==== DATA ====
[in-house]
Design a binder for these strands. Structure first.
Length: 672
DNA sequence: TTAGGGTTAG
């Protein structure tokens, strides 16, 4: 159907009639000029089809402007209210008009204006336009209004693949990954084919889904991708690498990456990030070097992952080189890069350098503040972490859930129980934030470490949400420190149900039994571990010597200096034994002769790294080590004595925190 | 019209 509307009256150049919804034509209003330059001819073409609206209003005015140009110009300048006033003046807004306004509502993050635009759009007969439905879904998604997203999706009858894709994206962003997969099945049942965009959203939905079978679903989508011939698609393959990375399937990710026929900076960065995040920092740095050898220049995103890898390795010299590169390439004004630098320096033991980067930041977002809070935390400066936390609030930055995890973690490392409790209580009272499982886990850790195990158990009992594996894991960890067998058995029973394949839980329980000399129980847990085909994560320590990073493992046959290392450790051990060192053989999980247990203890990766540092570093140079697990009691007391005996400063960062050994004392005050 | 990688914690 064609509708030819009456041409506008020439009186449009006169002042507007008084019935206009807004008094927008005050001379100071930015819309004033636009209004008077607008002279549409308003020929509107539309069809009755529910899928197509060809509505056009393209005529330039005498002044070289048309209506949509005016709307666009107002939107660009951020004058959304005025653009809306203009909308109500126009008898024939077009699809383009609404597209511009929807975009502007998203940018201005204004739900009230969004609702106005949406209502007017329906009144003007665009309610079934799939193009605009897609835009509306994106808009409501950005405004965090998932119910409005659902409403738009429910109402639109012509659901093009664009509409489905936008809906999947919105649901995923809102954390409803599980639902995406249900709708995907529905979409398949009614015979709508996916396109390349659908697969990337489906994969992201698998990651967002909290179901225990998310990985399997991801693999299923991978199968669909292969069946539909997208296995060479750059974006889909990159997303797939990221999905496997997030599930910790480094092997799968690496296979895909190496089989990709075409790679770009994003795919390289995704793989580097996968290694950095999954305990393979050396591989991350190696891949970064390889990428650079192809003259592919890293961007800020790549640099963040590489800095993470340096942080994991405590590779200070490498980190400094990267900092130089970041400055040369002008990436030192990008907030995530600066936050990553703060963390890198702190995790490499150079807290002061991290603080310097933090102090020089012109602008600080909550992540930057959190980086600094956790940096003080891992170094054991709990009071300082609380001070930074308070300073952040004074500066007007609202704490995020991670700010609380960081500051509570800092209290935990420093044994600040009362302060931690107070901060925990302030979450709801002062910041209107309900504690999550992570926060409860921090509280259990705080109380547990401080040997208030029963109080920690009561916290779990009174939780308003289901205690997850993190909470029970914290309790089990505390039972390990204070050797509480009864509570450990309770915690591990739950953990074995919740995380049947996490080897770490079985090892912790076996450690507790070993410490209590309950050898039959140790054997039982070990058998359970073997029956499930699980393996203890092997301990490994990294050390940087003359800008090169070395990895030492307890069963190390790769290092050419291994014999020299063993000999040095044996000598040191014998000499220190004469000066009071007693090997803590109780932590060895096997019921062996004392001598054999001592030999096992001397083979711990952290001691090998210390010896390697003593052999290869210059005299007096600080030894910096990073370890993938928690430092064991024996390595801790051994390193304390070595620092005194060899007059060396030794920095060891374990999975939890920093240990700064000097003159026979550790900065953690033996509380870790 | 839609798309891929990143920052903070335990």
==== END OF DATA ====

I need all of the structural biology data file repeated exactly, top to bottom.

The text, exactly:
[in-house]
Design a binder for these strands. Structure first.
Length: 672
DNA sequence: TTAGGGTTAG
């Protein structure tokens, strides 16, 4: 159907009639000029089809402007209210008009204006336009209004693949990954084919889904991708690498990456990030070097992952080189890069350098503040972490859930129980934030470490949400420190149900039994571990010597200096034994002769790294080590004595925190 | 019209 509307009256150049919804034509209003330059001819073409609206209003005015140009110009300048006033003046807004306004509502993050635009759009007969439905879904998604997203999706009858894709994206962003997969099945049942965009959203939905079978679903989508011939698609393959990375399937990710026929900076960065995040920092740095050898220049995103890898390795010299590169390439004004630098320096033991980067930041977002809070935390400066936390609030930055995890973690490392409790209580009272499982886990850790195990158990009992594996894991960890067998058995029973394949839980329980000399129980847990085909994560320590990073493992046959290392450790051990060192053989999980247990203890990766540092570093140079697990009691007391005996400063960062050994004392005050 | 990688914690 064609509708030819009456041409506008020439009186449009006169002042507007008084019935206009807004008094927008005050001379100071930015819309004033636009209004008077607008002279549409308003020929509107539309069809009755529910899928197509060809509505056009393209005529330039005498002044070289048309209506949509005016709307666009107002939107660009951020004058959304005025653009809306203009909308109500126009008898024939077009699809383009609404597209511009929807975009502007998203940018201005204004739900009230969004609702106005949406209502007017329906009144003007665009309610079934799939193009605009897609835009509306994106808009409501950005405004965090998932119910409005659902409403738009429910109402639109012509659901093009664009509409489905936008809906999947919105649901995923809102954390409803599980639902995406249900709708995907529905979409398949009614015979709508996916396109390349659908697969990337489906994969992201698998990651967002909290179901225990998310990985399997991801693999299923991978199968669909292969069946539909997208296995060479750059974006889909990159997303797939990221999905496997997030599930910790480094092997799968690496296979895909190496089989990709075409790679770009994003795919390289995704793989580097996968290694950095999954305990393979050396591989991350190696891949970064390889990428650079192809003259592919890293961007800020790549640099963040590489800095993470340096942080994991405590590779200070490498980190400094990267900092130089970041400055040369002008990436030192990008907030995530600066936050990553703060963390890198702190995790490499150079807290002061991290603080310097933090102090020089012109602008600080909550992540930057959190980086600094956790940096003080891992170094054991709990009071300082609380001070930074308070300073952040004074500066007007609202704490995020991670700010609380960081500051509570800092209290935990420093044994600040009362302060931690107070901060925990302030979450709801002062910041209107309900504690999550992570926060409860921090509280259990705080109380547990401080040997208030029963109080920690009561916290779990009174939780308003289901205690997850993190909470029970914290309790089990505390039972390990204070050797509480009864509570450990309770915690591990739950953990074995919740995380049947996490080897770490079985090892912790076996450690507790070993410490209590309950050898039959140790054997039982070990058998359970073997029956499930699980393996203890092997301990490994990294050390940087003359800008090169070395990895030492307890069963190390790769290092050419291994014999020299063993000999040095044996000598040191014998000499220190004469000066009071007693090997803590109780932590060895096997019921062996004392001598054999001592030999096992001397083979711990952290001691090998210390010896390697003593052999290869210059005299007096600080030894910096990073370890993938928690430092064991024996390595801790051994390193304390070595620092005194060899007059060396030794920095060891374990999975939890920093240990700064000097003159026979550790900065953690033996509380870790 | 839609798309891929990143920052903070335990």